Lawmakers look to restrict expansion of medical cannabis conditions

Summer study group also scrutinizes ‘pop-up’ marijuana card clinics

By: - Wednesday November 16, 2022 3:50 pm

Lawmakers look to restrict expansion of medical cannabis conditions

Summer study group also scrutinizes ‘pop-up’ marijuana card clinics

By: - 3:50 pm

(Carol Yepes/Getty Images)

(Carol Yepes/Getty Images)

Lawmakers want to make it more difficult to expand the list of conditions that might qualify a citizen for a medical marijuana card.

South Dakota Sen. Erin Tobin, R-Winner.
South Dakota Sen. Erin Tobin, R-Winner. (courtesy SD Legislative Research Council)

South Dakota’s voter-backed medical marijuana statute includes a clause that allows patients to petition the state Department of Health (DOH) to add “debilitating” medical conditions to the list of ailments treatable by cannabis.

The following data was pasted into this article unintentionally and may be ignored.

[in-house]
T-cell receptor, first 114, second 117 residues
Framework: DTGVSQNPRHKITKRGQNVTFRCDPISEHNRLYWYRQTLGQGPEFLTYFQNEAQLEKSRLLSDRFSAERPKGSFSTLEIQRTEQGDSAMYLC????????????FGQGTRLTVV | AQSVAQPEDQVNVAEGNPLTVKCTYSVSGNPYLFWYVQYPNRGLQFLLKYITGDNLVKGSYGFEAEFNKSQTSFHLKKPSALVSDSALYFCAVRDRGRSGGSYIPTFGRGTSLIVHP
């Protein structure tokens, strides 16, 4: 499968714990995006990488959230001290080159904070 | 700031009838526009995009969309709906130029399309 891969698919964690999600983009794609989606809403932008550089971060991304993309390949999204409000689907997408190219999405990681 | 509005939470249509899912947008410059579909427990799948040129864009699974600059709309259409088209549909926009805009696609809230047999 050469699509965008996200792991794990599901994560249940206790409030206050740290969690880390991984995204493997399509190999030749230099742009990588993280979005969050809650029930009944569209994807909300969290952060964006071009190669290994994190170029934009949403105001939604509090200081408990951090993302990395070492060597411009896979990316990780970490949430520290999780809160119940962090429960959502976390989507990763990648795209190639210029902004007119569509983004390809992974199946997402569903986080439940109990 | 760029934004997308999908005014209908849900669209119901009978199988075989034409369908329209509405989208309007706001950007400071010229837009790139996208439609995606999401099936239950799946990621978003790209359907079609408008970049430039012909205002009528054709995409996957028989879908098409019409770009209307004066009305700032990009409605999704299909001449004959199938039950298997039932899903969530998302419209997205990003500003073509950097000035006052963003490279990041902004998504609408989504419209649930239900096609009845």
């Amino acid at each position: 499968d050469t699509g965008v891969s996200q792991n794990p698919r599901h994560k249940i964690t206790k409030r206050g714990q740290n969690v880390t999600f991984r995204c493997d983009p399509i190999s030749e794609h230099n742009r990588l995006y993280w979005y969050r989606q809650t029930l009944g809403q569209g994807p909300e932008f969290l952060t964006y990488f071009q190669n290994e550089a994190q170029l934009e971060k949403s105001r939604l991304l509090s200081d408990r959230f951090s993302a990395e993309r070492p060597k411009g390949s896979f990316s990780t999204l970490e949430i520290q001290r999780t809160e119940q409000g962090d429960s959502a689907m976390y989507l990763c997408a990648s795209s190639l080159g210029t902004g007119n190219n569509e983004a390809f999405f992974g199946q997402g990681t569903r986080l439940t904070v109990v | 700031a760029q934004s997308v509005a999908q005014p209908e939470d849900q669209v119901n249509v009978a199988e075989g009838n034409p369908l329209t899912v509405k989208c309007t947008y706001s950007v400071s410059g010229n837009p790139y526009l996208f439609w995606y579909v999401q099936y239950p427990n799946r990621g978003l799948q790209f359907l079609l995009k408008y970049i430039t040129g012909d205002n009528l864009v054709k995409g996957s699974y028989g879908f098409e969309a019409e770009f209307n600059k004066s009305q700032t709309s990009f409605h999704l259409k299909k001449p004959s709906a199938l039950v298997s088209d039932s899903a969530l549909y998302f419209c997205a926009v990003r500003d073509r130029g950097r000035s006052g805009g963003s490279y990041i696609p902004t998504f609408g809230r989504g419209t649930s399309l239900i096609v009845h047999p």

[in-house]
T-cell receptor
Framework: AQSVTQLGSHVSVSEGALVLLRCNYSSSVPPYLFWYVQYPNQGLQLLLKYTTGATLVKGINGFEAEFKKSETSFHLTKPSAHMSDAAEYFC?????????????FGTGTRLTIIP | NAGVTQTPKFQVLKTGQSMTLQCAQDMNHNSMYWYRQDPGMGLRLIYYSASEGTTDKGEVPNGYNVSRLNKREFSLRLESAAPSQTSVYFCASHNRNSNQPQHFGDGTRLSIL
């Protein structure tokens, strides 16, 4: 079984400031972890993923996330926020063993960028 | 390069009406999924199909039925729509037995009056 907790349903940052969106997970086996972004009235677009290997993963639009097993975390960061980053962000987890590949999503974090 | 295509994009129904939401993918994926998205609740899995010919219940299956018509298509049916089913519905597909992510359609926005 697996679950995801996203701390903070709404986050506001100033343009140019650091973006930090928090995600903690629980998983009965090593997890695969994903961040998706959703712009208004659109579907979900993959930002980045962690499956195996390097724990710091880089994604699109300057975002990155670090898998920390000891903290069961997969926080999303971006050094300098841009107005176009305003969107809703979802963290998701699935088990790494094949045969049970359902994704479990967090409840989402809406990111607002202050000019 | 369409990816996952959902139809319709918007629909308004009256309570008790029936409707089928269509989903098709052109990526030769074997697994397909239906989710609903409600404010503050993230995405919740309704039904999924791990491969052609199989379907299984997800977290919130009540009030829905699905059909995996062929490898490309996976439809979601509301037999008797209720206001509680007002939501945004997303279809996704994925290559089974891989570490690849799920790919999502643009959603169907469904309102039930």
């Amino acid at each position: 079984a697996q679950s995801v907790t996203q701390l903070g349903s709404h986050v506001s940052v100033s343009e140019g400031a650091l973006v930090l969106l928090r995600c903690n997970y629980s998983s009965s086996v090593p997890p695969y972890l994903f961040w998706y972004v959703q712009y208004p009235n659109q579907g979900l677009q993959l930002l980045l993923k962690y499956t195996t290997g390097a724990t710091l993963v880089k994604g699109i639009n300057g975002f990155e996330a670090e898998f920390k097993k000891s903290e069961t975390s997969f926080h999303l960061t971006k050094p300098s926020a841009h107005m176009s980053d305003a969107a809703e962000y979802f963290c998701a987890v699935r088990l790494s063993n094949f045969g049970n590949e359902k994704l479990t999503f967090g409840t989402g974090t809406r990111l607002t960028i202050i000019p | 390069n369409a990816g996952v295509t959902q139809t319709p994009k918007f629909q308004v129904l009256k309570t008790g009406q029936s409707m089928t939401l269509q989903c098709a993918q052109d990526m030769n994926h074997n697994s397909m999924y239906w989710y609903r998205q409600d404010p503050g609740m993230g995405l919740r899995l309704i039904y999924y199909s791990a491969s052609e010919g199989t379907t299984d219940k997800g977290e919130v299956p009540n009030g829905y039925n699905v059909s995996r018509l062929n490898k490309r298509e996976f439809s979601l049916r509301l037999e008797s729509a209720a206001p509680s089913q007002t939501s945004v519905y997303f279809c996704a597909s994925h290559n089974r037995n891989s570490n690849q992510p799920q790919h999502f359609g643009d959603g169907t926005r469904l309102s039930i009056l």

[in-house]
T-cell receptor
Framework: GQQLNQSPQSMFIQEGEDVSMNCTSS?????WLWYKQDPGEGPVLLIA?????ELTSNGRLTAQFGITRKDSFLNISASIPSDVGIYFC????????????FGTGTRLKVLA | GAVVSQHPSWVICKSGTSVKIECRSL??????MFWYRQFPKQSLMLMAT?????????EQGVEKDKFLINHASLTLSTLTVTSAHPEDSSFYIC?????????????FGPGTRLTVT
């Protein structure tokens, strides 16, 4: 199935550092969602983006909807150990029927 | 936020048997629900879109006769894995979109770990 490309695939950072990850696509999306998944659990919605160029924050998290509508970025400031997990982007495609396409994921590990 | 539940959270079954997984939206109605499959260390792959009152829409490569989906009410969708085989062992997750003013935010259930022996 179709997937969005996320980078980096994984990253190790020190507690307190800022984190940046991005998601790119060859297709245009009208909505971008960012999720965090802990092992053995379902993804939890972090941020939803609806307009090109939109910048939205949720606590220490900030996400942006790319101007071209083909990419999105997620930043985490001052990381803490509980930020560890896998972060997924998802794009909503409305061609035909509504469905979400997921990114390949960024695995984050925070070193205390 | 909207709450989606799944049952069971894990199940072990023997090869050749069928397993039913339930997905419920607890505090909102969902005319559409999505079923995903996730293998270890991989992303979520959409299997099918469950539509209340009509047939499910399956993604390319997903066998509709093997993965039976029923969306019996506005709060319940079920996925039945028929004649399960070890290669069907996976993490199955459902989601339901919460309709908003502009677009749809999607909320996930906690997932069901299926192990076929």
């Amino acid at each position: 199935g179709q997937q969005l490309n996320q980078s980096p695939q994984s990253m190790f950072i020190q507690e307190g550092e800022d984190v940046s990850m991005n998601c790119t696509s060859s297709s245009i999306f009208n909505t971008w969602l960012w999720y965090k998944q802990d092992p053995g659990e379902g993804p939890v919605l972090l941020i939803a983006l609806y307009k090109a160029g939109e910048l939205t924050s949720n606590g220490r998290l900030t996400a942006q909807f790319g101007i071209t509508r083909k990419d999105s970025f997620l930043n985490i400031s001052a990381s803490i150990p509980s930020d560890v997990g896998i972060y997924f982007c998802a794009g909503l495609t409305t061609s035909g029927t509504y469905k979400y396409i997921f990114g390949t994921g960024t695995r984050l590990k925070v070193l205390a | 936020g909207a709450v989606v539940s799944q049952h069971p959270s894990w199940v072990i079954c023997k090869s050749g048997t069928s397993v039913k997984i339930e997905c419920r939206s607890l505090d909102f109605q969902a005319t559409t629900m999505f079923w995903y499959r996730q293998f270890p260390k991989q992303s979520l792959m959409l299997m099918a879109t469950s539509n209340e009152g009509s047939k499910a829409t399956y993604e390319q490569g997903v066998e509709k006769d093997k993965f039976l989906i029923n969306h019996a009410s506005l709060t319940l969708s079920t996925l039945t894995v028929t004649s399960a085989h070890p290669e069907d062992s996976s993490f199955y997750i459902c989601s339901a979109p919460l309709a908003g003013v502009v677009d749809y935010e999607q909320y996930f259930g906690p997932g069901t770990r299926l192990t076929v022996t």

To add a condition, patients need to define the condition, cite peer-reviewed research showing that the condition is better treated by cannabis than by traditional medicine, and submit two letters of support from medical practitioners. The DOH then has 180 days to make a determination.

A legislative summer study committee, however, decided that the petitioning clause was too heavy a lift for the DOH. 

“The Department of Health does not have a health care provider that is able to take these petitions from the general public and determine how to add these into the law,” said Rep. Erin Tobin, who led the interim marijuana study group and presented its findings to the Legislature’s executive board on Tuesday.